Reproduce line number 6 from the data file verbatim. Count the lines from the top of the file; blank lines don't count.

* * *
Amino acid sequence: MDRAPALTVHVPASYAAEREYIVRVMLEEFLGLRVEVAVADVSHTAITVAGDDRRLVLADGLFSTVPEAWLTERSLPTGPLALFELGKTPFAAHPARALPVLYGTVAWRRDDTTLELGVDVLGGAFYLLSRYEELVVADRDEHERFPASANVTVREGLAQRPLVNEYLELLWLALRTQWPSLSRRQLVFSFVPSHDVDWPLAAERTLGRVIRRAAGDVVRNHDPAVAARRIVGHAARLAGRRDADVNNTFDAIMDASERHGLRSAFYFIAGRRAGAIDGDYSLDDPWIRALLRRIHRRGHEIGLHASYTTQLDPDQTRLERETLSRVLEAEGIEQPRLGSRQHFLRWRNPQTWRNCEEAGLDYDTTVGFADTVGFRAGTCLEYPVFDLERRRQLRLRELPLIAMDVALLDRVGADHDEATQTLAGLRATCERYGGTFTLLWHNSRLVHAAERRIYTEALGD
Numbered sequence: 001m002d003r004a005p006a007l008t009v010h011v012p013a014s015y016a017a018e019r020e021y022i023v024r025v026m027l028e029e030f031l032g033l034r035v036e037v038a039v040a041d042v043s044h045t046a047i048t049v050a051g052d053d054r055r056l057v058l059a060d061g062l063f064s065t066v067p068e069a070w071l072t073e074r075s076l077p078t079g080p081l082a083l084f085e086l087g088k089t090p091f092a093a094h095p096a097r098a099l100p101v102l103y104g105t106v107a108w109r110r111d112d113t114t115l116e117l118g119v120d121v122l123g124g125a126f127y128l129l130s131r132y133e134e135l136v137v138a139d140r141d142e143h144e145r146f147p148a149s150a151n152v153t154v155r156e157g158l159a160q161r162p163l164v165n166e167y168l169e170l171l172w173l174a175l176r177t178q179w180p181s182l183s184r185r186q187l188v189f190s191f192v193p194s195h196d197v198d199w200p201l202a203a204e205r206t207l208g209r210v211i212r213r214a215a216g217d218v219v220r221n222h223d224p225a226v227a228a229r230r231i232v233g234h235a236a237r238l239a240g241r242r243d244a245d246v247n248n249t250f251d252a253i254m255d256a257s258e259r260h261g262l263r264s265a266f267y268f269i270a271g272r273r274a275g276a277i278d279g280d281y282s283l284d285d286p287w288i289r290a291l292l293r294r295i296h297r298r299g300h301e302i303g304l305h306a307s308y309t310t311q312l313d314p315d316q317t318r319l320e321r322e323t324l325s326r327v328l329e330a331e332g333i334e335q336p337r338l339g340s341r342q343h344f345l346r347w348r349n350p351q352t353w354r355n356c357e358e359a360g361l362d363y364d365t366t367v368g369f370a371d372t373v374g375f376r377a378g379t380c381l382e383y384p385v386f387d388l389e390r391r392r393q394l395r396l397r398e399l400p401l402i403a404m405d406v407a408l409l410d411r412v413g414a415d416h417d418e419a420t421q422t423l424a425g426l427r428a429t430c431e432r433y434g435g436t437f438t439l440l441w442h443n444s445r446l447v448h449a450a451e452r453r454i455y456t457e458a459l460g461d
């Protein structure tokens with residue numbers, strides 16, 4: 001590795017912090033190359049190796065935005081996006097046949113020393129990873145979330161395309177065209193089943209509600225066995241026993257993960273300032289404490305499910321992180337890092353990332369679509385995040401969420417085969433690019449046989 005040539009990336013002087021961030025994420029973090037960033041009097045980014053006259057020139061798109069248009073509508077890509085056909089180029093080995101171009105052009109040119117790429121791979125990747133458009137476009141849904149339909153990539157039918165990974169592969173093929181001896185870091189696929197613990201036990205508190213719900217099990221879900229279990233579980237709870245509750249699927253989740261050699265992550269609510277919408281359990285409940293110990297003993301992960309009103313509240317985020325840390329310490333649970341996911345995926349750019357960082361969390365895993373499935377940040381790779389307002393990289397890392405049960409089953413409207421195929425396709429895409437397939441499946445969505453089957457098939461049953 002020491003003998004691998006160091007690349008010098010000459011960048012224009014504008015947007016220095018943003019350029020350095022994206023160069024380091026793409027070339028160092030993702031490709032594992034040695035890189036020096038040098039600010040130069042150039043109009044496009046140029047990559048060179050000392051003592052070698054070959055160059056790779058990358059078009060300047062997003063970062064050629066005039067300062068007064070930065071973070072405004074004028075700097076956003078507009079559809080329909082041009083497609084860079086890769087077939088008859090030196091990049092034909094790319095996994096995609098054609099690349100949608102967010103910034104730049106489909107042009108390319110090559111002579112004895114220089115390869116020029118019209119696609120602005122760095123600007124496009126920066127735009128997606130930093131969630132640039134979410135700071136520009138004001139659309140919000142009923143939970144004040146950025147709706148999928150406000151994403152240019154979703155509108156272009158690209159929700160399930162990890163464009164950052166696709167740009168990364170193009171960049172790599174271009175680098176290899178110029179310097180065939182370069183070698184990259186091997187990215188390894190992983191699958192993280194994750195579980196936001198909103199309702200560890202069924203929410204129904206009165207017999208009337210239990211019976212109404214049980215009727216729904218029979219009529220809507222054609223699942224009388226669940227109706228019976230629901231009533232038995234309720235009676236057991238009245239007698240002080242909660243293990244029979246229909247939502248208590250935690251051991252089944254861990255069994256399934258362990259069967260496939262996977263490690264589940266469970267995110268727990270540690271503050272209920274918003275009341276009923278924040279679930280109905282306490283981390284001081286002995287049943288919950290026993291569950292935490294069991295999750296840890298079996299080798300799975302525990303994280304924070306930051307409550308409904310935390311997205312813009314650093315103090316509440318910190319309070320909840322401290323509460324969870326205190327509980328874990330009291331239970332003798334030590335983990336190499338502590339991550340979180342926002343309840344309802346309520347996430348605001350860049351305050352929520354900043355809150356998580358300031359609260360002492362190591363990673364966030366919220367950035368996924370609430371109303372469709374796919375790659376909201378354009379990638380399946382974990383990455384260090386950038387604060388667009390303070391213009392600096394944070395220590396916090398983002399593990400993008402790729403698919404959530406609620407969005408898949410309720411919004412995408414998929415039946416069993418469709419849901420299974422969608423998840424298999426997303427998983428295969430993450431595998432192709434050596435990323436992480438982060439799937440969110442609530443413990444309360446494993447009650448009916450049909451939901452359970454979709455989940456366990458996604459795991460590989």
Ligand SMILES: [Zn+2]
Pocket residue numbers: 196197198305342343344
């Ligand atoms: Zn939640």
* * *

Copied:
């Ligand atoms: Zn939640």